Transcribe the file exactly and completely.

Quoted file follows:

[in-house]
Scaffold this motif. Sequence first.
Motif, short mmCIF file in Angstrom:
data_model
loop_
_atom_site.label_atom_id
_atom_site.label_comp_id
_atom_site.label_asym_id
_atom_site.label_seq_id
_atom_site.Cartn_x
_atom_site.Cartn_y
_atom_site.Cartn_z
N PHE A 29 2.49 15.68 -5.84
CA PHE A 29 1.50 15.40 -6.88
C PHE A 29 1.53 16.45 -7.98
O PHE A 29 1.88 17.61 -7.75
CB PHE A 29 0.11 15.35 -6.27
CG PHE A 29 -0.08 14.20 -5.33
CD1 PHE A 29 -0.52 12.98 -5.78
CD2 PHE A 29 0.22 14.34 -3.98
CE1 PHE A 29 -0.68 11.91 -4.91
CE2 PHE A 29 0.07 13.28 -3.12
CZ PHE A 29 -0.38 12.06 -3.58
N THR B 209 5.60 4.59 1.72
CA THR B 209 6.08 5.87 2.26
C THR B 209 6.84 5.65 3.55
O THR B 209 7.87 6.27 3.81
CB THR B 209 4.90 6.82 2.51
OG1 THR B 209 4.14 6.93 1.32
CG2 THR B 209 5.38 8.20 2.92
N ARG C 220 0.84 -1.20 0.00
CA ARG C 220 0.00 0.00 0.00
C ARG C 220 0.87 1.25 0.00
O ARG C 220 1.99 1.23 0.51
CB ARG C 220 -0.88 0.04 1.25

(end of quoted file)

[in-house]
Scaffold this motif. Sequence first.
Motif, short mmCIF file in Angstrom:
data_model
loop_
_atom_site.label_atom_id
_atom_site.label_comp_id
_atom_site.label_asym_id
_atom_site.label_seq_id
_atom_site.Cartn_x
_atom_site.Cartn_y
_atom_site.Cartn_z
N PHE A 29 2.49 15.68 -5.84
CA PHE A 29 1.50 15.40 -6.88
C PHE A 29 1.53 16.45 -7.98
O PHE A 29 1.88 17.61 -7.75
CB PHE A 29 0.11 15.35 -6.27
CG PHE A 29 -0.08 14.20 -5.33
CD1 PHE A 29 -0.52 12.98 -5.78
CD2 PHE A 29 0.22 14.34 -3.98
CE1 PHE A 29 -0.68 11.91 -4.91
CE2 PHE A 29 0.07 13.28 -3.12
CZ PHE A 29 -0.38 12.06 -3.58
N THR B 209 5.60 4.59 1.72
CA THR B 209 6.08 5.87 2.26
C THR B 209 6.84 5.65 3.55
O THR B 209 7.87 6.27 3.81
CB THR B 209 4.90 6.82 2.51
OG1 THR B 209 4.14 6.93 1.32
CG2 THR B 209 5.38 8.20 2.92
N ARG C 220 0.84 -1.20 0.00
CA ARG C 220 0.00 0.00 0.00
C ARG C 220 0.87 1.25 0.00
O ARG C 220 1.99 1.23 0.51
CB ARG C 220 -0.88 0.04 1.25